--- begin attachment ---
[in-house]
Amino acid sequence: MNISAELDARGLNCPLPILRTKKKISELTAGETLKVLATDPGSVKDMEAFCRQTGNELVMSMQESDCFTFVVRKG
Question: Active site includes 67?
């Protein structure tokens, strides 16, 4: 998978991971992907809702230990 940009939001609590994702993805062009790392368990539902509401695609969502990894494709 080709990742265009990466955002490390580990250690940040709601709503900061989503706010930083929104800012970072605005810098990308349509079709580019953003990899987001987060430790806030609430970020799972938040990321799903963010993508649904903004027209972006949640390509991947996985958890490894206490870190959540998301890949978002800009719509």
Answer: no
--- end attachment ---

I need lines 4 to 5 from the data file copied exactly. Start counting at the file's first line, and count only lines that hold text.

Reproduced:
């Protein structure tokens, strides 16, 4: 998978991971992907809702230990 940009939001609590994702993805062009790392368990539902509401695609969502990894494709 080709990742265009990466955002490390580990250690940040709601709503900061989503706010930083929104800012970072605005810098990308349509079709580019953003990899987001987060430790806030609430970020799972938040990321799903963010993508649904903004027209972006949640390509991947996985958890490894206490870190959540998301890949978002800009719509």
Answer: no